The world's oldest clipper ship has started the first leg of what it is hoped will be her final journey - half way across the world from Irvine in Scotland to form the centrepiece of a museum in South Australia in the city which shares her name - City of Adelaide.
City of Adelaide in her prime
About 1000 people said farewell this week to the 1864-built City of Adelaide which once plied her trade between the UK and Australia, establishing the colony.
She was being towed from the Scottish Maritime Museum at Irvine for London, where she will be put onto a cargo ship to head to her final resting place in the city she is named after.
In her day she made 23 return voyages between London and Adelaide and 250,000 South Australians can link their roots to her.
She is expected to arrive in Port Adelaide between February and April 2014.
The voyage will end an extraordinary 14-year campaign by engineers, maritime historians, ship enthusiasts, descendants of the ship’s migrants and supporters.
Engineering firms from across South Australia worked together to create a prefabricated steel cradle that would allow the ship to be rolled across a temporary bridge over river mudflats and onto a low-draft barge.
Weighing 100 tonnes and worth more than AU$1.2million, the cradle was shipped to Scotland in five shipping containers, before being assembled and tested, and then disassembled again for installation beneath the 450 tonne clipper piece by piece.
'We have had great support from the Australian and Scottish governments and local councils, but nearly a third of the money required to get her back has come from public donations and a similar amount from South Australian industry', said Clipper Ship City of Adelaide Ltd. (CSCOAL) director and spokesperson Peter Christopher.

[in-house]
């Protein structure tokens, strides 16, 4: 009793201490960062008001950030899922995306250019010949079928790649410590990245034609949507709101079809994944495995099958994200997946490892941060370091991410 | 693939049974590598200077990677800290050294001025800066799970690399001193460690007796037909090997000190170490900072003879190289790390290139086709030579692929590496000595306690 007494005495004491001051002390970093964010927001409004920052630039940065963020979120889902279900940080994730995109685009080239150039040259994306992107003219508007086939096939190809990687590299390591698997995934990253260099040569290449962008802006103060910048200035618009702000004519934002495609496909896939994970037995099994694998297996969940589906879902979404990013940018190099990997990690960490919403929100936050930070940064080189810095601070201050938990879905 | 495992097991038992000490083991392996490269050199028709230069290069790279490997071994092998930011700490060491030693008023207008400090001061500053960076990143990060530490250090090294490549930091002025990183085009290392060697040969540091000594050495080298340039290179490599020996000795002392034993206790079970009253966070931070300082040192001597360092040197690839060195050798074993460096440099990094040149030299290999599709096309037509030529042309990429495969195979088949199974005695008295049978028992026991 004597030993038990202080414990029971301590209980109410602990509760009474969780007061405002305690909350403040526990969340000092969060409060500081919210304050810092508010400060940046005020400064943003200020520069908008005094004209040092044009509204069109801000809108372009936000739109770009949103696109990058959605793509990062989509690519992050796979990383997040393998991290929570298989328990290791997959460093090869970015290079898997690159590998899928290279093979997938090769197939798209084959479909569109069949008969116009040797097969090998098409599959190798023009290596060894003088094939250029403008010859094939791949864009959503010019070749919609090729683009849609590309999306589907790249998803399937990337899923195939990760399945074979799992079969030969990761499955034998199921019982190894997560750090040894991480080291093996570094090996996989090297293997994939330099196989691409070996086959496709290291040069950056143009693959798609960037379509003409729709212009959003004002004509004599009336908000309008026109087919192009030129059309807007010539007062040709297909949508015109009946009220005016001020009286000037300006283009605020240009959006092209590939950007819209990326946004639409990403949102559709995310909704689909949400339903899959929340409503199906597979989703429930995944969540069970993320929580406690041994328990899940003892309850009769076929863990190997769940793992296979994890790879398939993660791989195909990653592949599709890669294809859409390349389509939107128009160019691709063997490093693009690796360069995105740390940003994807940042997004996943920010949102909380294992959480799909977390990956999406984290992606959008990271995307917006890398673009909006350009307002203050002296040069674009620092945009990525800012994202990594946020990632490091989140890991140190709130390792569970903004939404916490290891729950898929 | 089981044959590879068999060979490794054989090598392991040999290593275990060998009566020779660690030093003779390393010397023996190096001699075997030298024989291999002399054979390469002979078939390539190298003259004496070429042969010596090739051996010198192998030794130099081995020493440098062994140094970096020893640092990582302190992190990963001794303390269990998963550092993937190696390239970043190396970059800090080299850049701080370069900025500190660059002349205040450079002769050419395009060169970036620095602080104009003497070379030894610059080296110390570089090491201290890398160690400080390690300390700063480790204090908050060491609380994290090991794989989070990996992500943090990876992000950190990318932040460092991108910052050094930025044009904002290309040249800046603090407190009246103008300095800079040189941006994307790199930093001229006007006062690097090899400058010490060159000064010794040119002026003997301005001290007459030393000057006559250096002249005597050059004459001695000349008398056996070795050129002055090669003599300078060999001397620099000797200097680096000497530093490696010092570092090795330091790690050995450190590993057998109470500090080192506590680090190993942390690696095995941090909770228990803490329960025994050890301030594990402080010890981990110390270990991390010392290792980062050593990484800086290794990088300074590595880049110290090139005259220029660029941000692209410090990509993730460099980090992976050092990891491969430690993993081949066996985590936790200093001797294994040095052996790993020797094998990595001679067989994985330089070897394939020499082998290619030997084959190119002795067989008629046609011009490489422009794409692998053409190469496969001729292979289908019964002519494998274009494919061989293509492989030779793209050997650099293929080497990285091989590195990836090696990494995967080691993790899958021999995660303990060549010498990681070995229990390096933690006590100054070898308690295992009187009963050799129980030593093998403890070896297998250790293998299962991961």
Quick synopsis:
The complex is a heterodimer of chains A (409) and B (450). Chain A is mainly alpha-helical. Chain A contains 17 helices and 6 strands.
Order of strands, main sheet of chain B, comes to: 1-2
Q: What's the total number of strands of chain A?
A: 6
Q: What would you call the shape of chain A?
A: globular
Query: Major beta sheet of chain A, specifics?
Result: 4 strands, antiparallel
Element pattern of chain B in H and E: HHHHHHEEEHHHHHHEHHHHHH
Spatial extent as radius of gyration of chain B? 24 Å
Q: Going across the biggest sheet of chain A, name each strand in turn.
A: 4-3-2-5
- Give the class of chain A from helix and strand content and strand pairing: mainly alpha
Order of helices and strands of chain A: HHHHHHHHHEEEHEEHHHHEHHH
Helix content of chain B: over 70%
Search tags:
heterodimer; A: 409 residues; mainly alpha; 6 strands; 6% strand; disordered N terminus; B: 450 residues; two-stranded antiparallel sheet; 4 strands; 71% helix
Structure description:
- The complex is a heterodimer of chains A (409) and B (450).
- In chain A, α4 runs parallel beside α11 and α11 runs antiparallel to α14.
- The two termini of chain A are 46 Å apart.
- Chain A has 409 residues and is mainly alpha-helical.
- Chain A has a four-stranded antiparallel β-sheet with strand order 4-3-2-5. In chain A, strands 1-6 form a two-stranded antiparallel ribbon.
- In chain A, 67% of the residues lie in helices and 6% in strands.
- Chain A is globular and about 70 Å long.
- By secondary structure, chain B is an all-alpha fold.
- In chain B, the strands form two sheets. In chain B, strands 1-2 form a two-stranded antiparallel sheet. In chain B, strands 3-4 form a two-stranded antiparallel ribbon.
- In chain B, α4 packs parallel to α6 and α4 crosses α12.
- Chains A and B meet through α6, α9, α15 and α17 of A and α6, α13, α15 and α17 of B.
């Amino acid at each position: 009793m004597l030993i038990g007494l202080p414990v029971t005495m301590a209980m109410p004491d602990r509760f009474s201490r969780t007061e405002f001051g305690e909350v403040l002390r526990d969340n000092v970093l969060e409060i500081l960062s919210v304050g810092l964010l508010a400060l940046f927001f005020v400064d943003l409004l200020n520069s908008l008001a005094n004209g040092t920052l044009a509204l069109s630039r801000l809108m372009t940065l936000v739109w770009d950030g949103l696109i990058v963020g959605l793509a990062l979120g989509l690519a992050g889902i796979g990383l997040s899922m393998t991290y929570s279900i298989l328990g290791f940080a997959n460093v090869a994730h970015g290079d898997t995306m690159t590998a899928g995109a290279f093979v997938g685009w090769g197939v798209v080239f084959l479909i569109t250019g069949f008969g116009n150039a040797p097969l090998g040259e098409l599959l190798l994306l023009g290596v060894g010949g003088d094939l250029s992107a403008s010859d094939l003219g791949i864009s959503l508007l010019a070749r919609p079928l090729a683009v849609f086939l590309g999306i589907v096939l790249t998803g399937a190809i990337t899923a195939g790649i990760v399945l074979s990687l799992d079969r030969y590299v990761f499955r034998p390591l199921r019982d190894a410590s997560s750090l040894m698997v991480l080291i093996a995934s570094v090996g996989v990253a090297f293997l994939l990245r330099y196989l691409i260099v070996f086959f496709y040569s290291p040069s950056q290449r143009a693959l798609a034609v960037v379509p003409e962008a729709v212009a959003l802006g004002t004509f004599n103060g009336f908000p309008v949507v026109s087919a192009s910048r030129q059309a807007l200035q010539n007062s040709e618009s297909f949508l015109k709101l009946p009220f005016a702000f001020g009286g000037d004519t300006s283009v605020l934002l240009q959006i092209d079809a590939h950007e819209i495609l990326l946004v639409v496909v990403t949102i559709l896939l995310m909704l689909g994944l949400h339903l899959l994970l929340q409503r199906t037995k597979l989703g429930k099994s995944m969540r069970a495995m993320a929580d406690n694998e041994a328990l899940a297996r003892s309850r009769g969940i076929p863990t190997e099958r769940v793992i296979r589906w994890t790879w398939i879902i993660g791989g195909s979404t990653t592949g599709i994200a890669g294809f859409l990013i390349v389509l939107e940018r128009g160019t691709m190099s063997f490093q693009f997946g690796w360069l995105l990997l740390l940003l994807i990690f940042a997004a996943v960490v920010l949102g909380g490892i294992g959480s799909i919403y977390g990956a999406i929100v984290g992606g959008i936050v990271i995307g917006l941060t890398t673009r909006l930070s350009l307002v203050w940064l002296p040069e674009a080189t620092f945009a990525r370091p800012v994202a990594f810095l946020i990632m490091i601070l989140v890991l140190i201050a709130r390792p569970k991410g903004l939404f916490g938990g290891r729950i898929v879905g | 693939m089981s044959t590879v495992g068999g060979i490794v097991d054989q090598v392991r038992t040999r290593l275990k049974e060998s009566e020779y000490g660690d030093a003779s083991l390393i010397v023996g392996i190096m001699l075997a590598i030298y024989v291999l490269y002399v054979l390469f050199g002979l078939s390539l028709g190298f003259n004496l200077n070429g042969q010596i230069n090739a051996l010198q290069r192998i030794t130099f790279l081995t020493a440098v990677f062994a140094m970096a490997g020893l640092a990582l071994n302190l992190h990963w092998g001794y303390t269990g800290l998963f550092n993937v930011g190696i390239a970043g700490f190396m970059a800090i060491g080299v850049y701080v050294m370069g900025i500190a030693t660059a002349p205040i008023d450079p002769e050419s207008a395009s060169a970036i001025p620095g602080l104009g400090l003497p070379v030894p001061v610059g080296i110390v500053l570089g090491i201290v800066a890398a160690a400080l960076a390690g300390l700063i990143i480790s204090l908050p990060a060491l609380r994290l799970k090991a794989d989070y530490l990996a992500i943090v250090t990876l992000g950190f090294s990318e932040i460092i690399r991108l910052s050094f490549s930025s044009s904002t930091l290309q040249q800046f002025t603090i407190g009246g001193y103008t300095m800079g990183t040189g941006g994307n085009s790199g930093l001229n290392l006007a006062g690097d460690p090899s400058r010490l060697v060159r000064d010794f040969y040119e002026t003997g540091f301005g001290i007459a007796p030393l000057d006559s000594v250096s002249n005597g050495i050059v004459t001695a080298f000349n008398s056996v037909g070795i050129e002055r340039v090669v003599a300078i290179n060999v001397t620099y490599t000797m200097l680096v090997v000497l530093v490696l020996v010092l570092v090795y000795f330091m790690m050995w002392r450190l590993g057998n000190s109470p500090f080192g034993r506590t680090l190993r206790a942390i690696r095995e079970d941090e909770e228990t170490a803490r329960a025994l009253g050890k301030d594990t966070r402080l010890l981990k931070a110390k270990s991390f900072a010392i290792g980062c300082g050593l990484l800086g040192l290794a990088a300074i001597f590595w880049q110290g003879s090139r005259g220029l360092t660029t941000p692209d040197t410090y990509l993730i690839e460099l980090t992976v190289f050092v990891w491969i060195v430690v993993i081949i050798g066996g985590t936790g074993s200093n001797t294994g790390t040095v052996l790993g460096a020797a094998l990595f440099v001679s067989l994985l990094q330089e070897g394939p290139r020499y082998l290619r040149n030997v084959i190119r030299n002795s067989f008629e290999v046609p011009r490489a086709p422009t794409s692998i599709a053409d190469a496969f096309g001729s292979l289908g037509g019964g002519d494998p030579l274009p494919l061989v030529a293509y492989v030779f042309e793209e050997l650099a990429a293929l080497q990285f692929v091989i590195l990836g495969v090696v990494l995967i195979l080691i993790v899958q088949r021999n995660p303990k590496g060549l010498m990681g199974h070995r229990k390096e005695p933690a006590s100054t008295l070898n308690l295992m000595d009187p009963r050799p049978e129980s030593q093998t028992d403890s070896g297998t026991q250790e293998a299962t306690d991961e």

'Once she is safely in South Australia we will be establishing her as the flagship of a non-profit Seaport Village in Port Adelaide.
City of Adelaide in Irvine, Scotland, before she was moved
The world’s oldest clipper ship came very close to destruction. The CITY OF ADELAIDE was built by William Pile, Hay and Co. in Sunderland, England, and was launched on the 7th May 1864. From 1864 – 1886, CITY OF ADELAIDE made 23 voyages to South Australia carrying passengers south and cargo north. Approximately a quarter of a million Australians are descended from the passengers who sailed on the CITY OF ADELAIDE.
In 1887, she was laid up, then returned to service as a collier between Tyne and Dover in England. She then was sold to T. Dixon and Son of Belfast, Ireland who re-rigged her as a barque for the North Atlantic timber trade. In 1893, the Southampton Corporation purchased her for £1,750 and converted her into a hospital isolation ship on the River Test, moored off Millbrook in Southampton.
In 1923, CITY OF ADELAIDE was sold to the British Admiralty for £2,500, re-named HMS CARRICK, moored in the Firth of Clyde and converted into a training ship for the Clyde division of the Royal Navy Volunteer Reserve.
By 1949, she was moved to Greenock for use as a Navy Drill Ship. Finally, she was deemed past her usefulness and the British Admiralty presented her to the Royal Naval Volunteer Reserve Club who used the ship as a meeting room and club house until 1990 when she was sold to the Clyde Ship Trust for £1 while still moored at the Glasgow Customs House Quay.
In 1992, she was identified as part of the National (UK) Historic Ships Core Collection and was given an ‘A’ class heritage listing. At that time, she was claimed to be the only 19th century sailing ship in Britain still able to float. CITY OF ADELAIDE became the property of the Scottish National Maritime Museum, after the Clyde Ship Trust was dissolved. Partially restored to her clipper ship design, she was moved to her present location, a slipway at Irvine, Scotland.
Lack of funds to maintain the restoration program and the on-going cost of slipway rental forced the Scottish Maritime Museum into a difficult position to appeal for funds.
In 2000, the Museum offered the clipper ship for sale to maritime and preservation organizations and museums but no bids were tendered. The slip owner eventually needed the land cleared and the Trustees of the Scottish Maritime Museum applied to have her ‘A’ class heritage listing removed to allow them to demolish her.
In spite of the long campaign to save her, the City of Adelaide remained on the verge of demolition until 2010.